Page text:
Cook Islands

Gardenia “Tiare Maori”

Gardenia taitensis

Photo of a tiare maori

General Description / Cultural Significance

The plant Gardenia taitensis is commonly referred to as Gardenia and locally referred to as “Tiare Maori.” The Gardenia is an evergreen shrub that grows a flower with large white pinwheel-shaped blooms and emits a sweet fragrance. The plant is well known in the country for being used to make leis, mixed in perfumes, and is sometimes used in local medicines. Infusions can be made by mixing the plant with water or coconut oil, and this can treat headaches. They can be used to scent coconut oil, which is then used to give massages. 

Climate Change/Conservation Status

The Cook Islands are highly vulnerable to climate change and especially to sea level rise, because their land masses are surrounded by ocean and prone to natural disaster. They have faced intense rainfall and cyclones, in addition to terrible drought. It is anticipated that both sea level rise and weather scenarios will intensify in the future. The UN has carried out projects to strengthen the resilience of communities who live on The Cook Islands. Subsistence agriculture and food security are two main areas that need addressing, as does the well-being of the biodiversity on the islands.

Alternate Names
Tiare Maori

Sources
An Assessment of the Impact of Climate Change on Agriculture and Food Security: a Case Study in the Cook Islands. (n.d.). [ebook] FAO. Available at: http://www.fao.org/3/i0530e/i0530e04.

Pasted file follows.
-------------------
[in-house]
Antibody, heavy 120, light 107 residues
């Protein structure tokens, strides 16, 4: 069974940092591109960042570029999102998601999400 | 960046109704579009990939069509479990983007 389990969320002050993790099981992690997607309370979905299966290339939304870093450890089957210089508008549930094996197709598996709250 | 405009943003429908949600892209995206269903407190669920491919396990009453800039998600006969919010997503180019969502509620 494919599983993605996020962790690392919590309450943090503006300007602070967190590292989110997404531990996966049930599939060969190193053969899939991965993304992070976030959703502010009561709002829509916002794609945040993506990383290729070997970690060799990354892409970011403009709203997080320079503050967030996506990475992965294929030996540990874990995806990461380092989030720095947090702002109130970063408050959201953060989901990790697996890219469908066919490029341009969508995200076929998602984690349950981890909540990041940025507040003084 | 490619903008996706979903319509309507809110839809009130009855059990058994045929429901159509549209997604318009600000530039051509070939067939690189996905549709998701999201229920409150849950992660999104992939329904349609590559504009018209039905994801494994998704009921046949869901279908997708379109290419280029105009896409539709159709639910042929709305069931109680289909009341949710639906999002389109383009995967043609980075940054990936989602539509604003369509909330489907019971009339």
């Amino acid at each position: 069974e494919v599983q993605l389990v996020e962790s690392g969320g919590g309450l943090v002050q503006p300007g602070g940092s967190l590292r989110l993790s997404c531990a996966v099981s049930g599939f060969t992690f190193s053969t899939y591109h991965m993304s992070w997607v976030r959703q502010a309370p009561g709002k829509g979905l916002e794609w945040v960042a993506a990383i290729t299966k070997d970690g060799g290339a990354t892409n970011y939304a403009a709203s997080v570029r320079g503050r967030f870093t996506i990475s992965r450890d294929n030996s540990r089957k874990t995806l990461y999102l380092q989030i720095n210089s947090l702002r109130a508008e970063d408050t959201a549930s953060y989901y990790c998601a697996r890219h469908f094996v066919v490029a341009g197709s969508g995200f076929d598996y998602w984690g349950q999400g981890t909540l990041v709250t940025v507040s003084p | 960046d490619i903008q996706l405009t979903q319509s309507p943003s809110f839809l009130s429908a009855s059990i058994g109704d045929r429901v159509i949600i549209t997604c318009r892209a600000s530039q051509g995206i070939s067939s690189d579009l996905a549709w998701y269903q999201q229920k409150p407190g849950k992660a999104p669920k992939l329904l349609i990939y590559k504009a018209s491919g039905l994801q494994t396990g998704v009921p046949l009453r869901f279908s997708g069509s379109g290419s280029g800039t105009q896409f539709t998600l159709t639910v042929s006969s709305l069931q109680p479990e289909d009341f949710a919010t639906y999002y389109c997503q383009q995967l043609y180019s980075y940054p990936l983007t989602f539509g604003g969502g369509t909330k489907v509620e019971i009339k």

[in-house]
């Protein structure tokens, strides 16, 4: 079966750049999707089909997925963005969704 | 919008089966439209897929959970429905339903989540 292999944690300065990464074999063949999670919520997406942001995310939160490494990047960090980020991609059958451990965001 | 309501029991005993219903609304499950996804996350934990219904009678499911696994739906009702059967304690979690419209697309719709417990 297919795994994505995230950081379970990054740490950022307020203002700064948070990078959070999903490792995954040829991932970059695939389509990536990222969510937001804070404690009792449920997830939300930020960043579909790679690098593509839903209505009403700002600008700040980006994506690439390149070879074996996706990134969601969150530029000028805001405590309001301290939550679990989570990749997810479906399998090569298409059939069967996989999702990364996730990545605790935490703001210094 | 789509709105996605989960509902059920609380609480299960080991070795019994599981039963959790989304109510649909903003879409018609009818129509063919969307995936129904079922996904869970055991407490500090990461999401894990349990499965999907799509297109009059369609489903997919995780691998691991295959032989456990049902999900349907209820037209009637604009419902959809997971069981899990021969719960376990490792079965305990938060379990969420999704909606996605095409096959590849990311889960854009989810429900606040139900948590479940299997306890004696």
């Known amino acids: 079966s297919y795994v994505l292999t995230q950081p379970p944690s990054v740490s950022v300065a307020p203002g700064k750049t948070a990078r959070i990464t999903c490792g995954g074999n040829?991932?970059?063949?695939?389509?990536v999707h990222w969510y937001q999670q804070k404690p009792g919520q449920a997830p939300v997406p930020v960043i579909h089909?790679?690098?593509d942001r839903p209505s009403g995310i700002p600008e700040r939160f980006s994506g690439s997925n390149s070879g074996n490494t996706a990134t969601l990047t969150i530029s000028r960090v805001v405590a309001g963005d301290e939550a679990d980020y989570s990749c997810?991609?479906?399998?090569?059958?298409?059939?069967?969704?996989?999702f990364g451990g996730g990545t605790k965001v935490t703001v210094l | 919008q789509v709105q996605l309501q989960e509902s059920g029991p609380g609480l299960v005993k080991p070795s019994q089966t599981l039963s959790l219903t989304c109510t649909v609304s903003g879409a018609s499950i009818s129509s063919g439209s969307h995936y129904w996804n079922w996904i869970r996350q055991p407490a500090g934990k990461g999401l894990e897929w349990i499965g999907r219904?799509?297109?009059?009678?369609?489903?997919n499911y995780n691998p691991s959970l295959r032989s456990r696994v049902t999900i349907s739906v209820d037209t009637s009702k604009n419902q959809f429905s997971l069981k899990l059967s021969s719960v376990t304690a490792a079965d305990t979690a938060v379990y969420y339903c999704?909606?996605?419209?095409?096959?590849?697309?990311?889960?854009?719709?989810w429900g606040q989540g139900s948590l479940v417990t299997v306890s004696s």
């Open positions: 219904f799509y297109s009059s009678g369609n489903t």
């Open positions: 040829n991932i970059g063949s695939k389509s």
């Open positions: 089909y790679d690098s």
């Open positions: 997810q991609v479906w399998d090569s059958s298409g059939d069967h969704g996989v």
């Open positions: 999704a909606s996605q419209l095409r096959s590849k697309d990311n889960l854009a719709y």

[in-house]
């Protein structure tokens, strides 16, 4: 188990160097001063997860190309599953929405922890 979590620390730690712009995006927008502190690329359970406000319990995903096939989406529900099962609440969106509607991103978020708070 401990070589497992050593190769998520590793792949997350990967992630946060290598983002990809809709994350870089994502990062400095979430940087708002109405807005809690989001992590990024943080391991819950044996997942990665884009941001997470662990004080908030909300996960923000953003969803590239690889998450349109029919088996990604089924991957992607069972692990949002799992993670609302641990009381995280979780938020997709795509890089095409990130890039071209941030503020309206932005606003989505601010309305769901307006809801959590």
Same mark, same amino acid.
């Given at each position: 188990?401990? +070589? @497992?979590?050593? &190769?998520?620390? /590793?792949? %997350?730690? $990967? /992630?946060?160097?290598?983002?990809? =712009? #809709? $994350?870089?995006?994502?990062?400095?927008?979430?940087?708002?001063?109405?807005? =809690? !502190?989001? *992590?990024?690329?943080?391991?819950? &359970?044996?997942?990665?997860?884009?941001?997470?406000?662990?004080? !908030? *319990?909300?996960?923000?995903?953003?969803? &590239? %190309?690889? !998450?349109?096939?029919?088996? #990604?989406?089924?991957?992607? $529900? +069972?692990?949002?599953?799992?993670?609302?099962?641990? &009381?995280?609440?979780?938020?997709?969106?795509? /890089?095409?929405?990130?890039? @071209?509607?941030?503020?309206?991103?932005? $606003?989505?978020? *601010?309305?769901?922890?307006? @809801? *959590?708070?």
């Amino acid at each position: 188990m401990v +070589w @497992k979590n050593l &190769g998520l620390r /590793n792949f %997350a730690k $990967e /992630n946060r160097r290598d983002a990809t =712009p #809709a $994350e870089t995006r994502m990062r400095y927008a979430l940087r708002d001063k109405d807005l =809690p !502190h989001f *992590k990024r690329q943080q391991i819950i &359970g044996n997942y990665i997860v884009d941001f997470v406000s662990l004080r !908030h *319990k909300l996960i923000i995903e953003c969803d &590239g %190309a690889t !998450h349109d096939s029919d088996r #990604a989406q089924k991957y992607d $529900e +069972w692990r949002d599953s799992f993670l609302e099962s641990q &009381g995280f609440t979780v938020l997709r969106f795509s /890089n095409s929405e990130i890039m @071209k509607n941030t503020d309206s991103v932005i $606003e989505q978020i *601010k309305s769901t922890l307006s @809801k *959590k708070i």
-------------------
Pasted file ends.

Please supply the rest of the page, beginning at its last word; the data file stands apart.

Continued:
Cowling. (2005). Tourism- A Catalyst For Attitudinal Changes in Aitutaki, Cook Islands University of Waikato, Hamilton, New Zealand. Available at: https://sicri-network.org/ISIC1/g.%20ISIC1P%20Cowling.pdf

International Federation of Red Cross and Red Crescent Societies. (2013). Cook Islanders struggle to adapt to creeping climate change. [online] Available at: https://www.ifrc.org/en/news-and-media/news-stories/asia-pacific/cook-islands/cook-islanders-struggle-to-adapt-to-creeping-climate-change-62883/

Ministry of Agriculture, Cook Islands, Available at: World Sensorium original website

Whistler, W. (1985). Traditional and herbal medicine in the Cook Islands. Journal of Ethnopharmacology, [online] 13(3), pp.239-280. Available at: https://www.sciencedirect.com/science/article/pii/0378874185900728

Worland, J. (2019). The Leaders of These Sinking Countries Are Fighting to Stop Climate Change. Here’s What the Rest of the World Can Learn. [online] Time. Available at: https://time.com/longform/sinking-islands-climate-change/